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High-temperature microcontroller

Ifgad

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Hello everyone,

I am looking for a microcontroller to replace a Teensy 4.0. The problem is that the Teensy doesn't cope well with high temperatures.

The specifications I'm looking for are as follows:
- High maximum operating temperature, at least 125 degrees Celsius
- Minimum 13-bit analog-to-digital converter (ADC)
- Capable of handling 1000Hz data sampling and high-frequency data shaping (~200Hz)
- Multiple analog inputs
- Serial communication
- Powered at 5V or less (preferably the minimum)
- I'd prefer to be able to download Arduino code onto it, or else in C
- Requires a simple assembly, not too many components

Many thanks to all
 
Automotive grade may get you 125C. MIL certainly
but you won't like it ($ at best, ITAR at worst).

Since you want a lot of specific features I'd start there,
find vendors with what you want in any grade, and then
look for higher-temp-tested grades (may test all temps
and bin out the best for the industrial, automotive, MIL
and space markets).

ST does a lot of Euro mil / aero and automotive
business and I believe has processors, no idea
about accessories. 3DIC and Cissoid I think have
had high temp uCs but nothing so feature-heavy,
as far as I've seen - though I've fallen off the high
temp hobby-horse and don't keep up really.

What is the specific temperature related problem with
this "Teensy"? Latchup? Just built in logic race or
hang-with-the-clock at low V, high T? Depending on
the problems and the present device construction a
fix might be as simple as asking for the next lot to
run on epi starting material instead of minimum-cost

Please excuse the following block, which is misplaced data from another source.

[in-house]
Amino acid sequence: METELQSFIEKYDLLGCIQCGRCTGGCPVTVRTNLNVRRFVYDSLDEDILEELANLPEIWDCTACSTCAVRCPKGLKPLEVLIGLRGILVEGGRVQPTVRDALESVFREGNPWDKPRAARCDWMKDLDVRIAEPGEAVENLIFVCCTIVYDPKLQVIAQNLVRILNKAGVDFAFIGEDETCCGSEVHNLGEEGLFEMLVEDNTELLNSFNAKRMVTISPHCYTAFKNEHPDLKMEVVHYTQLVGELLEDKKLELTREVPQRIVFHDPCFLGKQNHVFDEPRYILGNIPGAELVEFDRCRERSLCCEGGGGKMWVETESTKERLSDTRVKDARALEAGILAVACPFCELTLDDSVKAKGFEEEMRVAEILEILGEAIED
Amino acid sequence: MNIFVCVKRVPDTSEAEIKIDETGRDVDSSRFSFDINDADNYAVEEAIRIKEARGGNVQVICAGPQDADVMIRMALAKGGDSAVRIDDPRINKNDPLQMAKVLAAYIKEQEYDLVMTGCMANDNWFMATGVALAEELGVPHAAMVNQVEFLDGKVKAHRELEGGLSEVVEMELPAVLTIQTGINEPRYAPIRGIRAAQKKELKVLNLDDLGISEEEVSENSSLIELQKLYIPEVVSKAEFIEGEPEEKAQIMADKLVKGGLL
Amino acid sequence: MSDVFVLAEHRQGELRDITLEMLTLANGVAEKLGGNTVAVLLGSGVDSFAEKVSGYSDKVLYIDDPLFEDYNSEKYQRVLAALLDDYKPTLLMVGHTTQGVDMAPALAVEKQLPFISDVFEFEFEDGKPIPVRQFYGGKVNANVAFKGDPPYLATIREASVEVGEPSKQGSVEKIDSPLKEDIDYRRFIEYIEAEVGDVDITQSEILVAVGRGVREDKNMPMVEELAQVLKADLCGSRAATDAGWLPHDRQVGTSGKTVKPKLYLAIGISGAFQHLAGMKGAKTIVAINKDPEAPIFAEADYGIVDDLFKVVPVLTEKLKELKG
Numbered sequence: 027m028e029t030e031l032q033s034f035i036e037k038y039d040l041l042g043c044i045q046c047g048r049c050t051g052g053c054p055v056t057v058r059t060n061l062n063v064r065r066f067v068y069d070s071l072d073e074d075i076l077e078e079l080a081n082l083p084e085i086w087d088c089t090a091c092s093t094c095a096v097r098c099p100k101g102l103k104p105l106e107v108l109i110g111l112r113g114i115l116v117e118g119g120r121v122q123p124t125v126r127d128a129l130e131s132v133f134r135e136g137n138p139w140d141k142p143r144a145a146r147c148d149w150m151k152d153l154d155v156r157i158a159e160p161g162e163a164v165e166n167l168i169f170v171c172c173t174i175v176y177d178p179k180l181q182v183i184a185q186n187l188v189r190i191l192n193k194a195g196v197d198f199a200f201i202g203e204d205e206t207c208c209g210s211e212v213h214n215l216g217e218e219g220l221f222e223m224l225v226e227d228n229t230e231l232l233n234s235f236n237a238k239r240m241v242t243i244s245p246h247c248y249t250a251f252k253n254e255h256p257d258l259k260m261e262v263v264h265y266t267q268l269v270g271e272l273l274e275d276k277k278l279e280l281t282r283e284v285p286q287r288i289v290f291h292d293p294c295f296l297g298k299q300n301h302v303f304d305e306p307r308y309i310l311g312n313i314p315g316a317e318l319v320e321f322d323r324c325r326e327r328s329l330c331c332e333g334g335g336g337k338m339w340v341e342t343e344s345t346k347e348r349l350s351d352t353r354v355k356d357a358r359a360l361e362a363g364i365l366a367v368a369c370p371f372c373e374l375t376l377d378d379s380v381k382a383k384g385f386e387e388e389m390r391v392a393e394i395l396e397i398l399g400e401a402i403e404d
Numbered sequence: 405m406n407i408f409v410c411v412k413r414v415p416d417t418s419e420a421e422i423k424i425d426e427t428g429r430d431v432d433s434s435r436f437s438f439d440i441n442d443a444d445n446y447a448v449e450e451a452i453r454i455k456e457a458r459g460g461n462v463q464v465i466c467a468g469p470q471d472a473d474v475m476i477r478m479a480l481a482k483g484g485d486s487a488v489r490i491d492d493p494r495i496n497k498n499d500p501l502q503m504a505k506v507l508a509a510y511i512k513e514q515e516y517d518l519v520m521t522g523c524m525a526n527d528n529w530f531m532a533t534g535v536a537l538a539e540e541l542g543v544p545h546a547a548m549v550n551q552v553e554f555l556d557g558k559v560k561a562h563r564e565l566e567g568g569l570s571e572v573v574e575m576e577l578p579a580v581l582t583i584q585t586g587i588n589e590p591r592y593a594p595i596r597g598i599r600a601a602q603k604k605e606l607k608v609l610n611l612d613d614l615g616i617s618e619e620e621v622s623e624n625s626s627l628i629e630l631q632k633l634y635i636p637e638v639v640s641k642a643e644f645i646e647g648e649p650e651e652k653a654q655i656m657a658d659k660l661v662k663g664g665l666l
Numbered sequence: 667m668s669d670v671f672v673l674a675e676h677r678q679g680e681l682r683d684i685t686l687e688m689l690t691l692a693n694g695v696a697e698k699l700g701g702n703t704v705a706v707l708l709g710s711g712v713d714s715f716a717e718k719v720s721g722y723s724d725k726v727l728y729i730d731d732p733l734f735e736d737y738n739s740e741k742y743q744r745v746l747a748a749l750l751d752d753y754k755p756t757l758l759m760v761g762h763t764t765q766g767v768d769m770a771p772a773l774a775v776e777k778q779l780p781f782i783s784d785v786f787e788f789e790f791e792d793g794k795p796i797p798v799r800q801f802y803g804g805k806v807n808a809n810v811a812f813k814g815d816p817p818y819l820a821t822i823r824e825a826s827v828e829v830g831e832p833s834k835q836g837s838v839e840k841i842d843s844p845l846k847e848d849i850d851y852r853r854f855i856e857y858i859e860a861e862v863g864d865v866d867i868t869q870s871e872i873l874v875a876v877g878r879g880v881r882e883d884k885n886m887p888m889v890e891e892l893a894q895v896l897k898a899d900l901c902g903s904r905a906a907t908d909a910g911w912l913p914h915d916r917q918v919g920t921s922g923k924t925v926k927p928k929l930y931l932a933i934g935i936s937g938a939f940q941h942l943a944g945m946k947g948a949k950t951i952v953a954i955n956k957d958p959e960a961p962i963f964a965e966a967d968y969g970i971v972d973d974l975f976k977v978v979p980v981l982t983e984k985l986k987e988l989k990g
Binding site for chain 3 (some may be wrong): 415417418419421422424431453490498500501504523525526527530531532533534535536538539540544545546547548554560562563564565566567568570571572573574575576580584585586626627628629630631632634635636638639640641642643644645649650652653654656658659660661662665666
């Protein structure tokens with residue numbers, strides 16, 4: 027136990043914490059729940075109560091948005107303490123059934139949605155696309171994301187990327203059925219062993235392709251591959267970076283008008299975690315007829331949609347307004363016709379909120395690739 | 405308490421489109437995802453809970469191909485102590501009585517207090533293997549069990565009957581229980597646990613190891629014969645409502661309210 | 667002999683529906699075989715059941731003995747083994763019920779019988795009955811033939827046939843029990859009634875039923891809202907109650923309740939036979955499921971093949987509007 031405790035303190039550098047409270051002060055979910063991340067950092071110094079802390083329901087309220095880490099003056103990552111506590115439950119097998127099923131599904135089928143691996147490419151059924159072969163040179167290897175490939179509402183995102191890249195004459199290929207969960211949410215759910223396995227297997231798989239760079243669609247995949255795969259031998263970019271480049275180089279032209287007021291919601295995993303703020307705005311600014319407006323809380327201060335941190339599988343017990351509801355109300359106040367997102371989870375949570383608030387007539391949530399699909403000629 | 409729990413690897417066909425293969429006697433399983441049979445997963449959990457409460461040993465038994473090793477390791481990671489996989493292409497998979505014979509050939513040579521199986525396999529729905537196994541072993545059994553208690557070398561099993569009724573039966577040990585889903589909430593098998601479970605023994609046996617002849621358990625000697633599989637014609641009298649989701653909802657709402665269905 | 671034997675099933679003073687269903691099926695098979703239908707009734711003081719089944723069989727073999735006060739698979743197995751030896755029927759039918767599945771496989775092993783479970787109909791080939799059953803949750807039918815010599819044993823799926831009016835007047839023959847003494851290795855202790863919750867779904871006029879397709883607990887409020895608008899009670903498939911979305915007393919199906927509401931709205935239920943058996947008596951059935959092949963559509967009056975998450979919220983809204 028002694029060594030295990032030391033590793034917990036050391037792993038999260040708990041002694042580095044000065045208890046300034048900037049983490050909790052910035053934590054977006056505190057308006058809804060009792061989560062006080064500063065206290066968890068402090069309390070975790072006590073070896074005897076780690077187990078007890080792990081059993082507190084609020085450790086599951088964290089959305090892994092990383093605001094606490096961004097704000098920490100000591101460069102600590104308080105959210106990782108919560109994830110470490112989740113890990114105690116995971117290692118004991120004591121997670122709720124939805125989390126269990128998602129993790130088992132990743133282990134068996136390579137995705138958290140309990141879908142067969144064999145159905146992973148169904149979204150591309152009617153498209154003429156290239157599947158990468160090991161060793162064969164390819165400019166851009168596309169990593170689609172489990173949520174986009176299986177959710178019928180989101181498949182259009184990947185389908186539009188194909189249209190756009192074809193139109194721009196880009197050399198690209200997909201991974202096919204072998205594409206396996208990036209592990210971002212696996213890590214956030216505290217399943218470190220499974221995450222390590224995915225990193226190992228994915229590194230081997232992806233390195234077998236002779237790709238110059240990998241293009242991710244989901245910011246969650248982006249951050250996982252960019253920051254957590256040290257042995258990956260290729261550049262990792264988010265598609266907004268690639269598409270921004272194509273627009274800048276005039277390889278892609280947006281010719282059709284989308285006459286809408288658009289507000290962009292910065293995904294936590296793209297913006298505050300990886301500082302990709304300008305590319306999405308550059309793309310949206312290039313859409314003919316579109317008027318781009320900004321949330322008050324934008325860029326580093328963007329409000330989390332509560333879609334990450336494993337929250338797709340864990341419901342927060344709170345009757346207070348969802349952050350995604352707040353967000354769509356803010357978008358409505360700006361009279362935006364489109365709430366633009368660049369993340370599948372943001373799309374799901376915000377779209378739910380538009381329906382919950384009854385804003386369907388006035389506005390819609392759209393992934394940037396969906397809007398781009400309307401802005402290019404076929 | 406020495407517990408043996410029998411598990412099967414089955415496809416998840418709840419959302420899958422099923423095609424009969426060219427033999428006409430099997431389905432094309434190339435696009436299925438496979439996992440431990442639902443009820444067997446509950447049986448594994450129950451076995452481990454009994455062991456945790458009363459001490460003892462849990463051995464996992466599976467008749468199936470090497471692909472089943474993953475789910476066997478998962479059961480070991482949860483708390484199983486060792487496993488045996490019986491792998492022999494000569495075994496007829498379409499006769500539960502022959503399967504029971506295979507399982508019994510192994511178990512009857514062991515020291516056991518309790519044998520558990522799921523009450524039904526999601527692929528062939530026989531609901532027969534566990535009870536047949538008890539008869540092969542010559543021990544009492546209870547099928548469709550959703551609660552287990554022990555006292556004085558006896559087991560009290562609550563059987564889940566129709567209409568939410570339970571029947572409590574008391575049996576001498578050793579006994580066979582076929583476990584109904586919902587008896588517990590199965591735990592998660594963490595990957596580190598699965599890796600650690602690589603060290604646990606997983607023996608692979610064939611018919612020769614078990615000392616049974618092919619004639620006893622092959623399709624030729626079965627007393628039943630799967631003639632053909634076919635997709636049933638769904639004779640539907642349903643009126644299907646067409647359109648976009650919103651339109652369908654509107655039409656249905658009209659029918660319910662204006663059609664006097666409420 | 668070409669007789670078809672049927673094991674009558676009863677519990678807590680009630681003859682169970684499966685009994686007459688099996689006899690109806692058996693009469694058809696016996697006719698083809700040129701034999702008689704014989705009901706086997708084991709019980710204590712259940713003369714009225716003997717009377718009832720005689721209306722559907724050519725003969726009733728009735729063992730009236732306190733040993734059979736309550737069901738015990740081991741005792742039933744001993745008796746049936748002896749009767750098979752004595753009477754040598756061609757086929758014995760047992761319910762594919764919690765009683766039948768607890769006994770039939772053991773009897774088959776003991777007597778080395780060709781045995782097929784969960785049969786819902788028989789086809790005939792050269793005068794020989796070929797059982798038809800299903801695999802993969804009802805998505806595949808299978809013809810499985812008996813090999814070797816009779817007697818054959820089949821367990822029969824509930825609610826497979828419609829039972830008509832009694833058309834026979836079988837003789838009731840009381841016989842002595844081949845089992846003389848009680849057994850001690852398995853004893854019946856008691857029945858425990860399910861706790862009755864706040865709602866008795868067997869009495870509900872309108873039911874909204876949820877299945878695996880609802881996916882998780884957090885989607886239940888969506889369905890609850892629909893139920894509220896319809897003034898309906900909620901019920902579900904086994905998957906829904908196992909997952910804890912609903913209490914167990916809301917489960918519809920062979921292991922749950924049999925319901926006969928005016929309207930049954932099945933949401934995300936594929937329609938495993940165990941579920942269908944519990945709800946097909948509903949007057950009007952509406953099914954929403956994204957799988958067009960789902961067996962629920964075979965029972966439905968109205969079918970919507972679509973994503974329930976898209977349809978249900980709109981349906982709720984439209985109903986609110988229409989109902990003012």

plain bulk wafers. Or maybe you'd be fine if you could
only lower the clock frequency 20%.

"If you can't be with the one you love,
Love the one you're with"....
 
Hello!

This one goes to 160 degrees:
HT = High temperature.
I have used many MSP430s. The ADC is 12 bits only, but if you can afford to sample
at higher speed, you can get more bits.
Example: if you sample at 4 kHz instead of 1, you can get 1 extra bit.
And this is feasible with a 2619, I did it. Not with a HT device, but with a plain 2619.
I think it was 8 kHz sampling.

Edit: By the way, I forgot to mention that you can sample by bursts of 16 samples.
For example if you sample at 16 kHz, you will get one bunch of equally spaced samples
every ms. This happens automatically and you get an interrupt when your samples are ready.
From there you can calculate one 14-bit sample.

Dora


Hello everyone,

I am looking for a microcontroller to replace a Teensy 4.0. The problem is that the Teensy doesn't cope well with high temperatures.

The specifications I'm looking for are as follows:
- High maximum operating temperature, at least 125 degrees Celsius
- Minimum 13-bit analog-to-digital converter (ADC)
- Capable of handling 1000Hz data sampling and high-frequency data shaping (~200Hz)
- Multiple analog inputs
- Serial communication
- Powered at 5V or less (preferably the minimum)
- I'd prefer to be able to download Arduino code onto it, or else in C
- Requires a simple assembly, not too many components

Many thanks to all
 
Cypress PSOC 4, can support temp range, handle 16 muxed (onchip) channels,
maybe more depending on package selection, routable internally and out to pins,
ARM core. Example of 8 channels (I did not do the routing buts its simple). Example
shown is 187K SPS per channel.

Routable on / off chip, single chip. Attachments show example and general family
onchip resources. This part is a subset.

Compiler and IDE (PSOC Creator) free.